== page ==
IPv6 PTR records



  • With the large slice (/64) usually issued by the ISP to the CPE, how are reverse (PTR) records handled? There are clearly too many address to predefine and the the privacy address format being unpredictable (mostly), is there a standard mechanism for generating PTR records dynamically? If so who handles it? The ISP, the DNS resolver on the CPE gateway, or the IPv6 client hinting back to the CPE gateway?



  • I could be wrong, but I think that happens when you set up the DNS entries on a public server. Of course, you'd only do that for the consistent addresses, not the privacy ones. I just checked one of my host names and could resolve in both directions.



  • @lohphat The who is the ISP, but most don't seem to create PTR records for their ipv6 addresses.

    The ISP is the one who owns the address block and is the only one that can create PTR records. This is also the case with the ipv4 addresses.



  • @IsaacFL said in IPv6 PTR records:

    @lohphat The who is the ISP, but most don't seem to create PTR records for their ipv6 addresses.

    The ISP is the one who owns the address block and is the only one that can create PTR records. This is also the case with the ipv4 addresses.

    My ISP provides a host name for my WAN address. It works in both directions. However, for devices on my LAN, I am the one who has to create the DNS entries. I use a public DNS server with my own domain name. I am the one who adds names to it. It has nothing to do with my ISP. How is the ISP supposed to know what names you assign to devices on your own LAN?



  • @JKnott Well, at least the WAN has dummy addresses. Some services like to have a resolvable PTR even if it's a placeholder name like host-w-x-y-z.in-addr.arpa . IPv6 address space makes this a bit challenging. There is a standard: For example, the pointer domain name corresponding to the IPv6 address 2001:db8::567:89ab is b.a.9.8.7.6.5.0.0.0.0.0.0.0.0.0.0.0.0.0.0.0.0.0.8.b.d.0.1.0.0.2.ip6.arpa. but doing this for the /64 delegated to you is not going to work.


  • LAYER 8

    for me is Hurricane Electric
    i can set my reverse ipv6 address from Hurricane Electric Free DNS Management
    I have a limit of 50 though, i think i have to pay if i need more, maybe ..



  • @lohphat

    I'm not sure what you're getting at. Your comment agrees with what I said earlier. The only ISP involvement with your LAN addresses is they provided the prefix. They have no knowledge of any device attached to it.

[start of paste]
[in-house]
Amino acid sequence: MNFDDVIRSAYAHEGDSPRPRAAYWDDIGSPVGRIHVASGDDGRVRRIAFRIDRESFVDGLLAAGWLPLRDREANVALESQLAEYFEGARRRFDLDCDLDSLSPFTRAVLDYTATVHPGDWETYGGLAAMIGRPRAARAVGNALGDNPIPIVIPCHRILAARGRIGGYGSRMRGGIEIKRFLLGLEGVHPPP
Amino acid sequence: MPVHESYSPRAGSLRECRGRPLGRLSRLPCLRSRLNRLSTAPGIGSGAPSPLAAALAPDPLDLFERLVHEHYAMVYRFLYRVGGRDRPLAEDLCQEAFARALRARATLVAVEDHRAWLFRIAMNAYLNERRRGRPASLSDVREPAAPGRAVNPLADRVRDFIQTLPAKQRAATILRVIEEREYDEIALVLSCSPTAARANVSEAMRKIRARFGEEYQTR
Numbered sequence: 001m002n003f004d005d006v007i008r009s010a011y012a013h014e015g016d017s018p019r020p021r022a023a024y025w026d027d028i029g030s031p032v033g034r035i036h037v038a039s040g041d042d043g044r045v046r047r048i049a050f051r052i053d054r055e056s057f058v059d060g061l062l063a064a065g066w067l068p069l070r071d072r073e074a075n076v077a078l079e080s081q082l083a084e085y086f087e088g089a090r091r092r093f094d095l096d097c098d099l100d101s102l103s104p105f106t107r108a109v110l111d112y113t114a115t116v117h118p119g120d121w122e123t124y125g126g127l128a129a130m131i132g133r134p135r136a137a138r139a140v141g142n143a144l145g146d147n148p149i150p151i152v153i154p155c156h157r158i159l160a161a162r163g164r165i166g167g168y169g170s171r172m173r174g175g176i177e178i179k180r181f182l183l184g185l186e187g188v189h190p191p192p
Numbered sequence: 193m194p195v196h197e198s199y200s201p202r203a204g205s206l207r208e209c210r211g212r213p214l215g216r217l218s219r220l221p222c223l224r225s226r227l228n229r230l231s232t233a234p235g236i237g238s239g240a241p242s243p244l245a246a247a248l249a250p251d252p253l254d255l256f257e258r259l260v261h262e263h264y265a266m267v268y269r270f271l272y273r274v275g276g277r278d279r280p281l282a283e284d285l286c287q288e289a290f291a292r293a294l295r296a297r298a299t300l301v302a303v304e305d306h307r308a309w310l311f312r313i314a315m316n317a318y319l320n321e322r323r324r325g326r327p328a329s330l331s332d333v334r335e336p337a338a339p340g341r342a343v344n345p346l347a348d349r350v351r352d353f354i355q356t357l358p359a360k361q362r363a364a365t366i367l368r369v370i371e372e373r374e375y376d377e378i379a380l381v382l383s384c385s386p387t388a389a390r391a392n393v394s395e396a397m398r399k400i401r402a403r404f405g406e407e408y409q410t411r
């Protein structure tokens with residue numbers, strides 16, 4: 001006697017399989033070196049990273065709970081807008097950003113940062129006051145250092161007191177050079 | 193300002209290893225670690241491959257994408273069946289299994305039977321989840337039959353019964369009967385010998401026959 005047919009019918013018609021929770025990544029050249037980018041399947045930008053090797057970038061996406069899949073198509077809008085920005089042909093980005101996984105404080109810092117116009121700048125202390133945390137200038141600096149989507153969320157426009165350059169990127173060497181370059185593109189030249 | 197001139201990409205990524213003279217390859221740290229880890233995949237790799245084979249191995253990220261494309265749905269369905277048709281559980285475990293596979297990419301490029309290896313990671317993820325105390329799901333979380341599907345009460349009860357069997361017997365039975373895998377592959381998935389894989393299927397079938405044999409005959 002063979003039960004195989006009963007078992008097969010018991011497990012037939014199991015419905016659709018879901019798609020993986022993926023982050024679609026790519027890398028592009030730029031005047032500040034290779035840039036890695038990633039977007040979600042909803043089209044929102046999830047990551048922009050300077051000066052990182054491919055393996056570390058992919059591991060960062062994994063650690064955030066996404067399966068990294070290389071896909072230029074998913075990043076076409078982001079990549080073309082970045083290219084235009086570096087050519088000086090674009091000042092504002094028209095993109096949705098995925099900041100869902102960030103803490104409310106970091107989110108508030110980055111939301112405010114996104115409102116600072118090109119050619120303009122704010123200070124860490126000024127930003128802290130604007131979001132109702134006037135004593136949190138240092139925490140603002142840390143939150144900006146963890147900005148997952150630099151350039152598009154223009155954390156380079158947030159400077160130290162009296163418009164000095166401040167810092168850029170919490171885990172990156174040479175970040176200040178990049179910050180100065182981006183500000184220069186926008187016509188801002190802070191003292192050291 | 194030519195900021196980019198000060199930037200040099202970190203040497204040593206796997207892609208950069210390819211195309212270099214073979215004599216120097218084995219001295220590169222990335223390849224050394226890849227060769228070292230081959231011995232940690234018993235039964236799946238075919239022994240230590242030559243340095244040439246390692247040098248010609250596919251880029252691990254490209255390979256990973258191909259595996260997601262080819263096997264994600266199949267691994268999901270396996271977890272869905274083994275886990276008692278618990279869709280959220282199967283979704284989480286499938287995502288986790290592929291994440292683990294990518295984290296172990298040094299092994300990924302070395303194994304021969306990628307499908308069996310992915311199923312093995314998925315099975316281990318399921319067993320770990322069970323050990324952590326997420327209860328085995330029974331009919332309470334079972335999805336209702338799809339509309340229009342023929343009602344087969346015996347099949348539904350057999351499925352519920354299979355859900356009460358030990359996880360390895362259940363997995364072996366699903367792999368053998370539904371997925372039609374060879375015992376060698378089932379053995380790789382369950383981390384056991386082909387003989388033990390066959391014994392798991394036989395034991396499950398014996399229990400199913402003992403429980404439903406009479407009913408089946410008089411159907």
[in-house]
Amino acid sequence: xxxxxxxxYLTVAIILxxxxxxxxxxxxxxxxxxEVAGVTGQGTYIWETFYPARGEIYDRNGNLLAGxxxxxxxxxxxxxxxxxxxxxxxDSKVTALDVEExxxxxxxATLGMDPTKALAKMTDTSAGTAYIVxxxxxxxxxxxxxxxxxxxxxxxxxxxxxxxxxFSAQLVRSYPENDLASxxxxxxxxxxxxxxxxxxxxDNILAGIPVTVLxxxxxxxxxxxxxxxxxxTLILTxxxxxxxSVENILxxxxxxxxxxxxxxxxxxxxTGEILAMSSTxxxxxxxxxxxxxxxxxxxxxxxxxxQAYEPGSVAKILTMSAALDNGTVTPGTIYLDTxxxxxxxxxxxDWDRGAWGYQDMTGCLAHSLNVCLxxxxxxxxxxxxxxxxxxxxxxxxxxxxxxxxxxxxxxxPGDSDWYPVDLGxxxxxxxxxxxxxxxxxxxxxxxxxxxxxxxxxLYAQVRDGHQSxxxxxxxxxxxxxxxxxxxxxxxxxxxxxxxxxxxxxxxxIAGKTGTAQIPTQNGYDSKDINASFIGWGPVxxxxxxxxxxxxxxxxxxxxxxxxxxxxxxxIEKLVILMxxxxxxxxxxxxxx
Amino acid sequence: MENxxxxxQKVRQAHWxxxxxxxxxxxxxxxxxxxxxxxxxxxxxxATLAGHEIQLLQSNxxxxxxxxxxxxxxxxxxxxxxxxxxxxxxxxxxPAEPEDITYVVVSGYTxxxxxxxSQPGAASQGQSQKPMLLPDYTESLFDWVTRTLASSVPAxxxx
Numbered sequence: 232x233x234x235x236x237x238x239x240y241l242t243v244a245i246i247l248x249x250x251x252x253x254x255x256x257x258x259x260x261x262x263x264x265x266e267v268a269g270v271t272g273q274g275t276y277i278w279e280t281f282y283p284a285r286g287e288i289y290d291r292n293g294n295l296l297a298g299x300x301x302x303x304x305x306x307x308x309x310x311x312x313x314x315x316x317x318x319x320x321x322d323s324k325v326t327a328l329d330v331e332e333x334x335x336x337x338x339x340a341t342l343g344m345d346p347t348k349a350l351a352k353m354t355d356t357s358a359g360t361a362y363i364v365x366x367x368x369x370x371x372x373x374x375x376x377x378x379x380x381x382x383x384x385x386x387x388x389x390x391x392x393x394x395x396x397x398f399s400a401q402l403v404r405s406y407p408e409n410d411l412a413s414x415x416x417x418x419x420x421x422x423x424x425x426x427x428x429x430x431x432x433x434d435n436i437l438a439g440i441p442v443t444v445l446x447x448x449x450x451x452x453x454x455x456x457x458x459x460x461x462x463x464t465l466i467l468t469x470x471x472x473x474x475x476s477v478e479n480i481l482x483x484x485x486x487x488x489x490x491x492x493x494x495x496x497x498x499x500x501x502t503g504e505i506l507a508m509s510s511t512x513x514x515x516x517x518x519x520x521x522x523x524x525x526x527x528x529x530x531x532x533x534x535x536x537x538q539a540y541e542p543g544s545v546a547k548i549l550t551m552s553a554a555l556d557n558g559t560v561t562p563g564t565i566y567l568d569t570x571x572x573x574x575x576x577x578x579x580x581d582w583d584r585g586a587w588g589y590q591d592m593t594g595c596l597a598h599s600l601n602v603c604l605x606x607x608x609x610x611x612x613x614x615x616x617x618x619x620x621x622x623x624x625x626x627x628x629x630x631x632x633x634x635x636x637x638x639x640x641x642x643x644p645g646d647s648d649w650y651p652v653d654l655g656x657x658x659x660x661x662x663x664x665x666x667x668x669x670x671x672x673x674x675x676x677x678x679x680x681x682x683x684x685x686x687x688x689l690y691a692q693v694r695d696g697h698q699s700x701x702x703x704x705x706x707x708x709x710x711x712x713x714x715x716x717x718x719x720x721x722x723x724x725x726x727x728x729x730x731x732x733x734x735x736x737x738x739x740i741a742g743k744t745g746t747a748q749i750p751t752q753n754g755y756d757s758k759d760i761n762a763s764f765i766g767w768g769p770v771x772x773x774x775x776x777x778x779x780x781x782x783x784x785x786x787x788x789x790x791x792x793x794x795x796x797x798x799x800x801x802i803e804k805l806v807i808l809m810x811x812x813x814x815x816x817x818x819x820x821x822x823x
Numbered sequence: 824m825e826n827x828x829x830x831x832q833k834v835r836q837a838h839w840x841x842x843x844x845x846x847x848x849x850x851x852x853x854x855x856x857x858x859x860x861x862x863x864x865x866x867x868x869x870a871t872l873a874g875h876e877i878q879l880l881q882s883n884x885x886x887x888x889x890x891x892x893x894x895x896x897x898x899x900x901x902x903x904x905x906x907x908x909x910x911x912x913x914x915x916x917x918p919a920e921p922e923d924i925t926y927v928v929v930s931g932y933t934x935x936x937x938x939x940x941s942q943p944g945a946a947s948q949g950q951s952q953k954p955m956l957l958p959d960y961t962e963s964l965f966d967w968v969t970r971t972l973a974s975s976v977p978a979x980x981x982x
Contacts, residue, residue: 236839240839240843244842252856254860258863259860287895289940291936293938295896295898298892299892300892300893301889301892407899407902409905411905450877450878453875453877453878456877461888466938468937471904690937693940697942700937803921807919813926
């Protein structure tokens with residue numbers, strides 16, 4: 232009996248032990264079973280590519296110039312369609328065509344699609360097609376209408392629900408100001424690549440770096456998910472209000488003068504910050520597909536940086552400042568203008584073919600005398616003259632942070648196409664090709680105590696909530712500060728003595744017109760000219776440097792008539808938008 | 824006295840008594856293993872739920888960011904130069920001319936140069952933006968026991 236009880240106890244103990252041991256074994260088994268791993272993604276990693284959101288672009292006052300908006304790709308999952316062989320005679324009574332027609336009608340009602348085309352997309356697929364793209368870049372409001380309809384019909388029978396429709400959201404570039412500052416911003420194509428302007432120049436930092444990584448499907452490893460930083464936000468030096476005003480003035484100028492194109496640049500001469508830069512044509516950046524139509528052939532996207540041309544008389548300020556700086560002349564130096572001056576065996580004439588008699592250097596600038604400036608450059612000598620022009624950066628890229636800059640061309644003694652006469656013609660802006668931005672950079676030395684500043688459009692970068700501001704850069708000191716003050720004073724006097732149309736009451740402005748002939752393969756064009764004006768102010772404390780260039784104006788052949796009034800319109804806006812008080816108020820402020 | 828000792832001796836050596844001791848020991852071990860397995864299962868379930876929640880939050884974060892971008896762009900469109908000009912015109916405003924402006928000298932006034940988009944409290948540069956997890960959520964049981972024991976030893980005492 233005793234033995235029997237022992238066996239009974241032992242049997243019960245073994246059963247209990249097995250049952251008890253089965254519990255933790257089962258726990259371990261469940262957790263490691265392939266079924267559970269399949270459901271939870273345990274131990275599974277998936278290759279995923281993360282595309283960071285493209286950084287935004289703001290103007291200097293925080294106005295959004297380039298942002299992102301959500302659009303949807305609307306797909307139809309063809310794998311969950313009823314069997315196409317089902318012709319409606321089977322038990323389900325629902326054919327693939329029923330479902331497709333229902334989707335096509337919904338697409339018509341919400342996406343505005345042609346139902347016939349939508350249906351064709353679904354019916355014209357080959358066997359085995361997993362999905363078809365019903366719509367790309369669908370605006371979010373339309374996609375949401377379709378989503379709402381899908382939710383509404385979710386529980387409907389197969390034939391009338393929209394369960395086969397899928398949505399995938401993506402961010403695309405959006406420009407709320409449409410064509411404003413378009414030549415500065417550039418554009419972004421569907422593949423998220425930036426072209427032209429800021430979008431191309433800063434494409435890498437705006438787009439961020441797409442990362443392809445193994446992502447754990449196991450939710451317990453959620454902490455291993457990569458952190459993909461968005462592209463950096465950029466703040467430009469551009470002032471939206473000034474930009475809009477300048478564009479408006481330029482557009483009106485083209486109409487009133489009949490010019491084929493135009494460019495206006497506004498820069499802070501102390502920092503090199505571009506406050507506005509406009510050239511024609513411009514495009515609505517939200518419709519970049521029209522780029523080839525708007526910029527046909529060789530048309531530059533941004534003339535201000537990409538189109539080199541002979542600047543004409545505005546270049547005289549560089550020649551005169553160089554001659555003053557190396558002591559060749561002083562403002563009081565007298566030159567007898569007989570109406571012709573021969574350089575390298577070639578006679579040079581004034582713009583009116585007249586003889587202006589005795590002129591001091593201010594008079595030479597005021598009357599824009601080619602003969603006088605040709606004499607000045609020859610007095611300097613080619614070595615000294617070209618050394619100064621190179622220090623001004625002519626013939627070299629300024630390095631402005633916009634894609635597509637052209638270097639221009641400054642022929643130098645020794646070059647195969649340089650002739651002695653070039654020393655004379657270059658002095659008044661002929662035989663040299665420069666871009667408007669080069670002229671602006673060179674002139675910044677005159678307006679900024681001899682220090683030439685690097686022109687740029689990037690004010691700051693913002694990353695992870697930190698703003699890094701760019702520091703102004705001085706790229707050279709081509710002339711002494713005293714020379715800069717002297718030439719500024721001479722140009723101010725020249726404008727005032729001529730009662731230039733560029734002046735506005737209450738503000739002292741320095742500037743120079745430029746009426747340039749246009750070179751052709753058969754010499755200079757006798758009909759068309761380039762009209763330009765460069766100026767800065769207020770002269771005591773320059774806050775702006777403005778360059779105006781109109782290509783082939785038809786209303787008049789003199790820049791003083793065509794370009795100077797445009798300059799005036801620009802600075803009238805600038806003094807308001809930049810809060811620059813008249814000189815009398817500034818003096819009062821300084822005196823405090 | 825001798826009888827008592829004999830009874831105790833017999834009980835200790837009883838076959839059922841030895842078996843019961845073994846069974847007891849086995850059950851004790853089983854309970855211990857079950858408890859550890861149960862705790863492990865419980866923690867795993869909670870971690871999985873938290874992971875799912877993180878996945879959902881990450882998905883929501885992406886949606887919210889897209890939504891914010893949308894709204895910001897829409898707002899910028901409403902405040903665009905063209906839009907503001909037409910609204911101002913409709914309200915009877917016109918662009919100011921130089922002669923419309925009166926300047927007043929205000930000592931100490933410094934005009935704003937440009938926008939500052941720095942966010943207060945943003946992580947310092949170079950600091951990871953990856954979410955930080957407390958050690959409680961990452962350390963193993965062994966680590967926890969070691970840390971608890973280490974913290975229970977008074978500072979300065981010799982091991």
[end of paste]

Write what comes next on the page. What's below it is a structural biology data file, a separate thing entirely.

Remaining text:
• LAYER 8 Global Moderator

    That is yet another advantage of getting tunnel from HE for your ipv6.. They allow you to set PTR.. While they might limit you to 50 domains hosted on their dns, PTR zones included... I do not believe they limit you to records inside that zone?

    But they also allow you to delegate the reverse to your own ns if you wish..

    delegate.png

    Your isp prob not going to do that ;)

    You can also put in a wildcard via the advanced tab once you create your PTR zone, so that anything in that prefix would reverse so some forward name.



  • @IsaacFL said in IPv6 PTR records:

    The ISP is the one who owns the address block and is the only one that can create PTR records. This is also the case with the ipv4 addresses.

    True, however, they could (doesn't mean they will or want to) delegate the resolution of your prefix in the namespace to different DNS servers, but it is much easier than delegating a subnet in IPv4.
    If you are running your own DNS server, or hosted somewhere, you can ask the ISP to delegate your prefix to that DNS server and in there you create what you want.

    For instance for 2001:db8:1234:5678::/64 the ISP can return that for 8.7.6.5.4.3.2.1.8.b.d.0.1.0.0.2.ip6.arpa go see name server at 203.0.113.1, and in there you'd create PTR records for your own hosts. 2001:db8:1234:5678::1 becomes 1.0.0.0.0.0.0.0.0.0.0.0.0.0.0.0.8.7.6.5.4.3.2.1.8.b.d.0.1.0.0.2.ip6.arpa IN PTR somehost.domain.



  • @JKnott They could set dummy addresses (albeit not practical) not needing to know if they're assigned to a host or not. But it's academic at this point. It's technically possible but not practical.

    It does require the ISP to delegate the reverse records but my ISP is not going to do that.


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